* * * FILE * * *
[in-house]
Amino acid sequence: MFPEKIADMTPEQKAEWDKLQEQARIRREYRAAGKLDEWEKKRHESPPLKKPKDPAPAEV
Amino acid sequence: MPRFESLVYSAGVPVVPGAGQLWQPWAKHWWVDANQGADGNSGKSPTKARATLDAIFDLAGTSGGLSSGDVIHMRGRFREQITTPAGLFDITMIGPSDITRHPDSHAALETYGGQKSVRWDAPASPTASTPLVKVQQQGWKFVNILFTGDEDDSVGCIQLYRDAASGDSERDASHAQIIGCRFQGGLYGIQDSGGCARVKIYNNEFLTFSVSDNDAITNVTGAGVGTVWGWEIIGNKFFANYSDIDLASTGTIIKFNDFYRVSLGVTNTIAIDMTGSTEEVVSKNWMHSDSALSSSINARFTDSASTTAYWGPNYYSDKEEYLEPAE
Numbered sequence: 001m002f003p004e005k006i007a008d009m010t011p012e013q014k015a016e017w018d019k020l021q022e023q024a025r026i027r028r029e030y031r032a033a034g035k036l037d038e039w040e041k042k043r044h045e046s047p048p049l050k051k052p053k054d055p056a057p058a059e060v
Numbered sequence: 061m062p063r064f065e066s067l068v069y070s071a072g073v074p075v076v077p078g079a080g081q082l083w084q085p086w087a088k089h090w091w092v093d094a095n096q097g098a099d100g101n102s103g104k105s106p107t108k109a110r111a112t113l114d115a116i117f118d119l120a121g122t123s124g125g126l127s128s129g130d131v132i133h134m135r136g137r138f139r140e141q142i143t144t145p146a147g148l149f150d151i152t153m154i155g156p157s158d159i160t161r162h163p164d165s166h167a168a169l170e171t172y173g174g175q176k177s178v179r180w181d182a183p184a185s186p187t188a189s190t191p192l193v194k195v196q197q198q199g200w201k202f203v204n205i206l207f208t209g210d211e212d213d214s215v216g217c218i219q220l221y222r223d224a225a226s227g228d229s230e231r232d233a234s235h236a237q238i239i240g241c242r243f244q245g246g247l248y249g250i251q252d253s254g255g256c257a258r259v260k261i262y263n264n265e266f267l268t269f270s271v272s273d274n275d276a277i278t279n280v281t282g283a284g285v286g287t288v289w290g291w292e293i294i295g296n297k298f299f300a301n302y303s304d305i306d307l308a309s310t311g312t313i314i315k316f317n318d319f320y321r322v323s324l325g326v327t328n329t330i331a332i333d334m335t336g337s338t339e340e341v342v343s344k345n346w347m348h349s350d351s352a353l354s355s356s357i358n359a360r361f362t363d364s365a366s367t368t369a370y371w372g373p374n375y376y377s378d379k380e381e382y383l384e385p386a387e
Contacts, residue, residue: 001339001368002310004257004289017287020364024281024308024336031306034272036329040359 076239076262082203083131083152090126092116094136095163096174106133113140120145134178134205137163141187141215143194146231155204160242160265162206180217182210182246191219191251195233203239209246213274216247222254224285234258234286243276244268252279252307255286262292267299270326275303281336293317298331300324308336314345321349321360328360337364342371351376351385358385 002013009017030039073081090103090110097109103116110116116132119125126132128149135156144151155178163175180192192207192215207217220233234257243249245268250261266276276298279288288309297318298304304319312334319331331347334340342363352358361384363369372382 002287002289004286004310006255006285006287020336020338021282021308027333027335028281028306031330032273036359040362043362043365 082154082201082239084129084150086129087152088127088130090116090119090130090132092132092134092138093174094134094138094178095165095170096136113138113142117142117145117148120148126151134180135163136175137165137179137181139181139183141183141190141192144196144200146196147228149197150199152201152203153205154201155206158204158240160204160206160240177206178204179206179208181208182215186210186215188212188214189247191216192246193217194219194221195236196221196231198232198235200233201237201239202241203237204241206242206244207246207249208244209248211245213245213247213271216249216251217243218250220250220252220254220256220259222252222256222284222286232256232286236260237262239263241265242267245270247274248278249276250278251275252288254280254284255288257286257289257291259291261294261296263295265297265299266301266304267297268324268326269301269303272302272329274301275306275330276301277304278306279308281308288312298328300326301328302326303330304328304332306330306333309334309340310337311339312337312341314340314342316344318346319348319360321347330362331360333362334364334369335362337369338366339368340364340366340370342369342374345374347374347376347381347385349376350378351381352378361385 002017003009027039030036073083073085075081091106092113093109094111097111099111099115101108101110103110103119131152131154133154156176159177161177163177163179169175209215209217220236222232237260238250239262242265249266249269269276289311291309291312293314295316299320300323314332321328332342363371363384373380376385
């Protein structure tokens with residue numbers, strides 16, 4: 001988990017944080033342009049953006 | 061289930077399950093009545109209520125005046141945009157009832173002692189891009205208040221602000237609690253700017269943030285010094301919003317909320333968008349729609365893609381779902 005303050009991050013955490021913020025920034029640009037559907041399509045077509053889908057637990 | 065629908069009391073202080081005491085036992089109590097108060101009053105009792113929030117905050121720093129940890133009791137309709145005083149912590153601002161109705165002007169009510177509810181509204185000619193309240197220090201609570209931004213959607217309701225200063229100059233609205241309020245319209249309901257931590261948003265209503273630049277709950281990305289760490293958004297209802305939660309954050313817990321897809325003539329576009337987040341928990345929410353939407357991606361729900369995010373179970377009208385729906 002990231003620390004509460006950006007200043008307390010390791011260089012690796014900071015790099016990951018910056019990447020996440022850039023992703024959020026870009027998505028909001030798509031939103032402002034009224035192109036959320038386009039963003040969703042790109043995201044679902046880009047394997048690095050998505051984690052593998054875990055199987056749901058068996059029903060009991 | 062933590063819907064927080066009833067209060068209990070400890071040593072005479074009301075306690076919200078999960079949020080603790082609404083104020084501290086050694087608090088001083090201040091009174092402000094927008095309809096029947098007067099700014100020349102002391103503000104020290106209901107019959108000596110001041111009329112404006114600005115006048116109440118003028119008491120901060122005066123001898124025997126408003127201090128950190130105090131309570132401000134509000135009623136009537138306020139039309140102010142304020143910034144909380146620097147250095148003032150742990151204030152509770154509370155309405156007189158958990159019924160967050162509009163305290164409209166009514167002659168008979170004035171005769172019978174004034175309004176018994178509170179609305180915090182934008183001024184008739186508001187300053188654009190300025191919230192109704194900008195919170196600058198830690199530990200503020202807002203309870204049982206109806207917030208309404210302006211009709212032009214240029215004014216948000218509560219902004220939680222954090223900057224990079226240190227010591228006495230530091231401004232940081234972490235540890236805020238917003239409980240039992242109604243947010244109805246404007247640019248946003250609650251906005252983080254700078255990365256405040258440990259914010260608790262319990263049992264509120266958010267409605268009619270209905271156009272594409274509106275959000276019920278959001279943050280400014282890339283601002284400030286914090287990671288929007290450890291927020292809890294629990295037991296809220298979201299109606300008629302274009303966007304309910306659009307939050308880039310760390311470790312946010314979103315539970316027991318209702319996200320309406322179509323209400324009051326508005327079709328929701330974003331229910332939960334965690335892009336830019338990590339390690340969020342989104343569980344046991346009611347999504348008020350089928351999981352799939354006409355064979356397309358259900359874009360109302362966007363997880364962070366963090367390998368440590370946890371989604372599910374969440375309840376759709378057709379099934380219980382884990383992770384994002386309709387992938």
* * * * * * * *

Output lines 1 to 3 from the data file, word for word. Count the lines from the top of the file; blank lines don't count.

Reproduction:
[in-house]
Amino acid sequence: MFPEKIADMTPEQKAEWDKLQEQARIRREYRAAGKLDEWEKKRHESPPLKKPKDPAPAEV
Amino acid sequence: MPRFESLVYSAGVPVVPGAGQLWQPWAKHWWVDANQGADGNSGKSPTKARATLDAIFDLAGTSGGLSSGDVIHMRGRFREQITTPAGLFDITMIGPSDITRHPDSHAALETYGGQKSVRWDAPASPTASTPLVKVQQQGWKFVNILFTGDEDDSVGCIQLYRDAASGDSERDASHAQIIGCRFQGGLYGIQDSGGCARVKIYNNEFLTFSVSDNDAITNVTGAGVGTVWGWEIIGNKFFANYSDIDLASTGTIIKFNDFYRVSLGVTNTIAIDMTGSTEEVVSKNWMHSDSALSSSINARFTDSASTTAYWGPNYYSDKEEYLEPAE